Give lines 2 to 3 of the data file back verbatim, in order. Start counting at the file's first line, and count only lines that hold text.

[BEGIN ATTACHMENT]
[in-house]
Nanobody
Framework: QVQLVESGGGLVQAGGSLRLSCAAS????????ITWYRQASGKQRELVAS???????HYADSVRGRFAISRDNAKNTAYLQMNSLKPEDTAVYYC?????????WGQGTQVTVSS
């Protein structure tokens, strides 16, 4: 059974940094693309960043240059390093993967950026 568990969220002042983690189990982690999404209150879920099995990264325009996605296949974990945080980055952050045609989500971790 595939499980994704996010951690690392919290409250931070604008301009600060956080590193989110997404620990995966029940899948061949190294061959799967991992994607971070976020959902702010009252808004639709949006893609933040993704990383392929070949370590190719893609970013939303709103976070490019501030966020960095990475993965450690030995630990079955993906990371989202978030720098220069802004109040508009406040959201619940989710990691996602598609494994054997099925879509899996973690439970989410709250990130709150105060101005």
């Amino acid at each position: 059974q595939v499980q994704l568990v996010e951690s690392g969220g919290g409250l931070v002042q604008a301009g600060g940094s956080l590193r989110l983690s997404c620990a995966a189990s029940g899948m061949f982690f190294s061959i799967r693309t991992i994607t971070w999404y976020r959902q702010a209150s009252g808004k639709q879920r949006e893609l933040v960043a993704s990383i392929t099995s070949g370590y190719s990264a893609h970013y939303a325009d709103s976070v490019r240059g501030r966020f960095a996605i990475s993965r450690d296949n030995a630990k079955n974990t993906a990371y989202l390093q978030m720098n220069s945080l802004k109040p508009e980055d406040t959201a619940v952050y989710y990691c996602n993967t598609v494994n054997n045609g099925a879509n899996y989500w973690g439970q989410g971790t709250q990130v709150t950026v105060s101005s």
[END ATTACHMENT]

Nanobody
Framework: QVQLVESGGGLVQAGGSLRLSCAAS????????ITWYRQASGKQRELVAS???????HYADSVRGRFAISRDNAKNTAYLQMNSLKPEDTAVYYC?????????WGQGTQVTVSS